major items in the administration’s fis- dations from the Spending Affordability includes the initial investment in the mental stewardship, once again fully
cal year 2020 budget, which will be of- Committee and maintaining structural “Building Opportunity Fund,” a trans- funding important environmental pro-
ficially submitted on Friday, January 18. balance while making vital investments formative and historic five-year, $3.5 grams including Program Open Space,
The governor’s budget fully funds not in education, healthcare, and job cre- billion school construction program. the Chesapeake and Atlantic Coastal
only the administration’s priorities, but ation. This budget also makes prudent Reflecting that, this year’s school con- Bays 2010 Trust Fund, and the Mary-
also all legislative mandated spending use of what is likely a one-time surplus struction budget totals more than $438 land Park Service, along with increasing
programs without raising taxes, cutting to both save for the future and make million, the most ever in one year. incentives for zero-emission vehicles.
services, or raiding dedicated special critical infrastructure investments. This budget continues our commit- The budget also continues to ensure
funds. The budget leaves $1.3 billion More than $1.3 billion has been set aside ment to our world-class higher educa- that Maryland’s most vulnerable citi-
in reserves and continues – for the fifth to guard against any potential downturn tion system, providing a record $1.45 zens have access to critical healthcare
straight year – to fund K-12 public edu- in the economy while still investing $3.3 billion in state funds for the University services and other important programs
cation at an all-time record level. billion in Maryland’s transportation net- System of Maryland, a 4.2 percent in- by containing nearly $11.5 billion for
“Once again, we will provide histori- work and nearly $250 million for a wide crease over last year. This includes $20 Maryland’s Medicaid program, which
cally high, record funding for K-12 edu- range of improvements to facilities or million, twice the level of last year, to provides health coverage to nearly 1.4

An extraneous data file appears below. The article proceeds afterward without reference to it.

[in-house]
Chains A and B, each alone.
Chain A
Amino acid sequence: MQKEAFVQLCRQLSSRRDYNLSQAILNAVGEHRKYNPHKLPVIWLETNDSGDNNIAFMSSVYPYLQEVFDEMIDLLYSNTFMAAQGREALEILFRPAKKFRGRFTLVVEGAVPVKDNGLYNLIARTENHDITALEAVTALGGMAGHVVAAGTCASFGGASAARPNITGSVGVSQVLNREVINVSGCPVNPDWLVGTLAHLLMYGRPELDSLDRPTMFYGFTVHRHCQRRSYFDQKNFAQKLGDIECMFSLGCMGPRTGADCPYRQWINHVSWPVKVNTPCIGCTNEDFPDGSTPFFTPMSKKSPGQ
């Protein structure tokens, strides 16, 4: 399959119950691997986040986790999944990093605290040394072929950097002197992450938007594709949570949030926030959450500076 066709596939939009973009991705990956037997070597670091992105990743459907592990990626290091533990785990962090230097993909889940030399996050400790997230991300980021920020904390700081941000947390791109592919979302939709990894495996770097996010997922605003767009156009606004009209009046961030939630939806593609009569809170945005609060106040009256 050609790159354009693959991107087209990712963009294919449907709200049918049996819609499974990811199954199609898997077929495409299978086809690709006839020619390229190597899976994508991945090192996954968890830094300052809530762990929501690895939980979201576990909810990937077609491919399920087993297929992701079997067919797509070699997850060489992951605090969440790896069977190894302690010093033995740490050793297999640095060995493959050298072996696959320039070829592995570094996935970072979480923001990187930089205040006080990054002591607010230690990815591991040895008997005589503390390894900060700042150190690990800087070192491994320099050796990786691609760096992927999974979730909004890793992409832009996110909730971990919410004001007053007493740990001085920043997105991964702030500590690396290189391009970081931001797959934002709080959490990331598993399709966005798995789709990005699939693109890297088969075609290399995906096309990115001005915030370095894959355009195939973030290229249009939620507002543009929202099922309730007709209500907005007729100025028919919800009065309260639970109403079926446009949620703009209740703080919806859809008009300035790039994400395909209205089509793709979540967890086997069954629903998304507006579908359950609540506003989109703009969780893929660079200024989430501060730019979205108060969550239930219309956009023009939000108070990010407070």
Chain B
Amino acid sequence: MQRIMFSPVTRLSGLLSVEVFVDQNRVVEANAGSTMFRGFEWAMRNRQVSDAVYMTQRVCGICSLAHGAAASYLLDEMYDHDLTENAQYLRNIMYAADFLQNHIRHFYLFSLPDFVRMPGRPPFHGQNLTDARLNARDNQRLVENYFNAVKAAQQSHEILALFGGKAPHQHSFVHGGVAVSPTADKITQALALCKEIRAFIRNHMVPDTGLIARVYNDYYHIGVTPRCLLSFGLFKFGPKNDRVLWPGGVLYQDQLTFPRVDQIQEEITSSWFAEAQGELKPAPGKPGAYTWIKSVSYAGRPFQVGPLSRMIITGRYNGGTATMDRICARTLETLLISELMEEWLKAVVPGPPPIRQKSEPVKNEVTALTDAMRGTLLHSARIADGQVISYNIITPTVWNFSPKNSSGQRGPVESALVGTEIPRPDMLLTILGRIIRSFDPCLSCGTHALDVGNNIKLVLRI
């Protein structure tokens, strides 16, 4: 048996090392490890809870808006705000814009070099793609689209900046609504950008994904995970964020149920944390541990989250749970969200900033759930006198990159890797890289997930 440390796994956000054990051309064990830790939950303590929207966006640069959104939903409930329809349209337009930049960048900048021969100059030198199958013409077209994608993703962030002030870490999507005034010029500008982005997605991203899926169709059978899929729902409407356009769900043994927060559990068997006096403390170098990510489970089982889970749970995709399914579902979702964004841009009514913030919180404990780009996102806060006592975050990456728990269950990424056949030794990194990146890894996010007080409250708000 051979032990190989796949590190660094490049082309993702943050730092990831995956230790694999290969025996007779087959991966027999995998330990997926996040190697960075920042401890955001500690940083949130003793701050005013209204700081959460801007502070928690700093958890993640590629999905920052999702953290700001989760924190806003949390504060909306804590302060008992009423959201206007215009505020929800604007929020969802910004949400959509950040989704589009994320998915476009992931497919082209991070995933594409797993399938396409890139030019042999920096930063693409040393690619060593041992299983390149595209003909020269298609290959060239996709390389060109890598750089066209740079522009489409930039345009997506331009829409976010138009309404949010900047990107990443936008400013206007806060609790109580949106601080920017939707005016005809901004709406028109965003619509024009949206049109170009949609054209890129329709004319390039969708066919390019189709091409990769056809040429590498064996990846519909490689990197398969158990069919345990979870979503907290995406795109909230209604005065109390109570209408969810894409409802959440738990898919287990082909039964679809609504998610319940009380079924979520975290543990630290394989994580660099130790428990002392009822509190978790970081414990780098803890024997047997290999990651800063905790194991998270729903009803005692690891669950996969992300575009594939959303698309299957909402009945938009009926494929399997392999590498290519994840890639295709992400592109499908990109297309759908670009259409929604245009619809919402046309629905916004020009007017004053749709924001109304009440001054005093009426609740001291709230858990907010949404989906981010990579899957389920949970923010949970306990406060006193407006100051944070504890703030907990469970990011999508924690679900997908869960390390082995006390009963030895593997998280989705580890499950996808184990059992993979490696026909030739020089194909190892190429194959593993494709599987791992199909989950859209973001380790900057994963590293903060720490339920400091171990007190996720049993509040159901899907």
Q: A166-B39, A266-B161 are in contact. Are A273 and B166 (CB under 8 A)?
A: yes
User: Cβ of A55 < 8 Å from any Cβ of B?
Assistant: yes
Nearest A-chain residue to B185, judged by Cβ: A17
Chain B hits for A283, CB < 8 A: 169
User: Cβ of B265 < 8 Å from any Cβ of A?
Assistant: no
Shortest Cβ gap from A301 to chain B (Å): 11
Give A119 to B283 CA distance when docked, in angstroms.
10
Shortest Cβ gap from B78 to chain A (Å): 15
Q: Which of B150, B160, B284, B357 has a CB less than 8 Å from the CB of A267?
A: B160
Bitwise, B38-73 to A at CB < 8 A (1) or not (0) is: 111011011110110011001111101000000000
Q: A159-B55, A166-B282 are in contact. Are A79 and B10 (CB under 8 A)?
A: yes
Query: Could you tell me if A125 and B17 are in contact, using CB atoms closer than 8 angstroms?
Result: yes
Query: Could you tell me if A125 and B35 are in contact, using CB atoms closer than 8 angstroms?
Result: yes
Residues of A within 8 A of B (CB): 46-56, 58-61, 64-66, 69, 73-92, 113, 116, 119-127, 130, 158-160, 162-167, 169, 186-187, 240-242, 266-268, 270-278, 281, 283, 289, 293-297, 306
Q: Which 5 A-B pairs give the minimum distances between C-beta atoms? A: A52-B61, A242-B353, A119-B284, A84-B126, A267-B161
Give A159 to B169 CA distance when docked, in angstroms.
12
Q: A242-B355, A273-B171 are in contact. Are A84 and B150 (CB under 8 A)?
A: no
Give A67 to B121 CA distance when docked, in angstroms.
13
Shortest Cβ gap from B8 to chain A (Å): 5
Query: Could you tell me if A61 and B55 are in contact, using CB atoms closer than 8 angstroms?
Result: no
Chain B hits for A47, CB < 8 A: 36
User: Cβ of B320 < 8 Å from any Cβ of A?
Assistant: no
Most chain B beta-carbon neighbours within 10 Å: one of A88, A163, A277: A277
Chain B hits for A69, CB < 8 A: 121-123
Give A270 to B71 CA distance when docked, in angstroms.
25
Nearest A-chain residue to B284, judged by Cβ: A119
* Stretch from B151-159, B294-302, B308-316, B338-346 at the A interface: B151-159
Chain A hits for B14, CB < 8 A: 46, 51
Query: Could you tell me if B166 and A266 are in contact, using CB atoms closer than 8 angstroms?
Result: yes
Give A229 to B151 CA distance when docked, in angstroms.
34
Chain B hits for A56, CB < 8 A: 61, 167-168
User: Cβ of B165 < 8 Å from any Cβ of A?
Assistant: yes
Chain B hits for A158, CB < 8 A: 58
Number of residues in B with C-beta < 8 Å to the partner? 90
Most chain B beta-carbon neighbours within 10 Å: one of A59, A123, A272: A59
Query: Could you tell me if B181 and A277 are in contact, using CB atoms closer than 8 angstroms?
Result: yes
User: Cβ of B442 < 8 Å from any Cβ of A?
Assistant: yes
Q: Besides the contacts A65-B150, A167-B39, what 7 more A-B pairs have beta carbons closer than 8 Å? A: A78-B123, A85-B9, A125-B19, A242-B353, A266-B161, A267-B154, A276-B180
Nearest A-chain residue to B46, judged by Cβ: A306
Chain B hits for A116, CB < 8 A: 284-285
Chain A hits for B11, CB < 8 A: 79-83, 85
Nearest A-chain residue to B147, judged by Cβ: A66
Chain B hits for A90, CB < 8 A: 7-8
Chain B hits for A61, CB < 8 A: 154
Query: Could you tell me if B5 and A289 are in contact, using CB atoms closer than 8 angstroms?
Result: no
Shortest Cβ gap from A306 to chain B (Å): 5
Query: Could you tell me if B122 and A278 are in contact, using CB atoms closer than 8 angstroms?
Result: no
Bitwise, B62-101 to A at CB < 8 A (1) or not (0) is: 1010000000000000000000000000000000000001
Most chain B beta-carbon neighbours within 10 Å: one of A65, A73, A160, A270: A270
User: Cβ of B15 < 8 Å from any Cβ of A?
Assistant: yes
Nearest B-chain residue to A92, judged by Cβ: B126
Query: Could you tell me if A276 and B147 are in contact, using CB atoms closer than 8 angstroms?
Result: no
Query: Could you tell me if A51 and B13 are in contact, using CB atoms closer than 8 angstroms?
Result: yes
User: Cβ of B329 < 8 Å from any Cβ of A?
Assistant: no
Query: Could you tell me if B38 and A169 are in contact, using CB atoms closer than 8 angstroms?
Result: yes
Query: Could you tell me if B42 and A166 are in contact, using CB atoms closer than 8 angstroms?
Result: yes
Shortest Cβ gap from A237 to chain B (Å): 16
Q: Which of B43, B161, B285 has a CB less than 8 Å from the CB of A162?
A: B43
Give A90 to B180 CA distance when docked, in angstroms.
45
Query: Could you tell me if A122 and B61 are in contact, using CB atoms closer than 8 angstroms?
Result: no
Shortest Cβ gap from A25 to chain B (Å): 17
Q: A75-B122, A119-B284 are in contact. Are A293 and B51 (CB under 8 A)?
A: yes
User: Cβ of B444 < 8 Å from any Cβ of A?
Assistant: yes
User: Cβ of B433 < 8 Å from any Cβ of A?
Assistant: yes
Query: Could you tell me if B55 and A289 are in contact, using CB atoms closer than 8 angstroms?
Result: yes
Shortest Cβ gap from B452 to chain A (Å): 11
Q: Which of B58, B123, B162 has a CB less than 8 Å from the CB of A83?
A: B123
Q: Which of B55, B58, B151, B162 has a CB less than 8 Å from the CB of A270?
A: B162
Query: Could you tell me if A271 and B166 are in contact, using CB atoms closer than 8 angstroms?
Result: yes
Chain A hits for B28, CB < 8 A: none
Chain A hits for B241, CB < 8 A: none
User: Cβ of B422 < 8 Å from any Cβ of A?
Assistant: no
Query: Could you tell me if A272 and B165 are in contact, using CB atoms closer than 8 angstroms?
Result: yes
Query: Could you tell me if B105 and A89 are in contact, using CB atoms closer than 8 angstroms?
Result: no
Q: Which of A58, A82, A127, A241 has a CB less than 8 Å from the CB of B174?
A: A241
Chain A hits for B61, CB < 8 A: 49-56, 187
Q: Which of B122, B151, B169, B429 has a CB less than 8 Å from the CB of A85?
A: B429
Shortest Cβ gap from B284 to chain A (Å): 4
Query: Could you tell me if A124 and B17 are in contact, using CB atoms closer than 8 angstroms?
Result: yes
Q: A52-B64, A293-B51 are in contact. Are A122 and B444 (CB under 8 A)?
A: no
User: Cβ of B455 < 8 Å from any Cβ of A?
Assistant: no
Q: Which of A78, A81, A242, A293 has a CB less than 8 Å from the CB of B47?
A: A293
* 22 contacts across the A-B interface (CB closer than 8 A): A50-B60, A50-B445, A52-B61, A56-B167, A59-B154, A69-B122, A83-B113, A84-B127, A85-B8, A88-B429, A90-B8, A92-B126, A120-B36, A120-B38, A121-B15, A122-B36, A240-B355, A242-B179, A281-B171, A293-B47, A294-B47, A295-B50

cation - our fifth consecutive budget to projects that provide services to Mary- develop academic programs in science, million Marylanders, including more
do so,” said Governor Hogan. “Not only land citizens, including $63 million in engineering, cybersecurity, and other than 153,000 children through the
will every single penny that every single critical maintenance funding to Mary- critical areas. For the fourth year in a Maryland Children’s Health Program.
jurisdiction anticipates from the state land higher education institutions. row, undergraduate tuition growth at The budget also includes nearly a quar-
for education be fully funded at 100 per- “As a direct result of our fiscal dis- Maryland’s public four-year institutions ter billion dollars for substance use dis-
cent, but every single school system in cipline, belt-tightening, and business- will be limited to 2 percent. In addition, order services, an increase of 20 percent
Maryland will again see increased in- friendly policies over the past four this budget includes record funding for over FY 2019.
vestment by the state.” years, our state has had one of the best the 15 local community colleges funded This budget invests in Maryland’s
The FY 2020 budget continues the economic turnarounds in the nation,” through the Cade formula and provides dedicated state employees, providing
Hogan administration’s legacy of fiscal said Governor Hogan. “We must remain funding for the Community College at least a 3 percent raise to every state
Continues on page 6
6 Local News The County Times Thursday, January 24, 2019

Continued from page 5


worker. Further, in order to improve the ernor Hogan. • In addition, $200 million in state ernor’s commitment to double fund-
recruitment and retention of vital cor- • The governor’s education budget funding remains reserved to imple- ing for the program over three years.
rectional officers at state facilities, the goes above and beyond required ment recommendations of the Kir- BOOST provides scholarships for
governor has allocated $13.1 million statutory funding formulas to ensure wan Commission. low-income students from areas with
toward an additional 4 percent increase that every Maryland jurisdiction re- • The budget includes $300,000 to es- underperforming schools to attend
for these officers, along with $7.6 mil- ceives more direct education aid than tablish three new P-TECH schools in non-public schools, giving them the
lion to extend a bonus program through in FY 2019. Baltimore City will re- Maryland, bringing total funding for opportunity for a better education.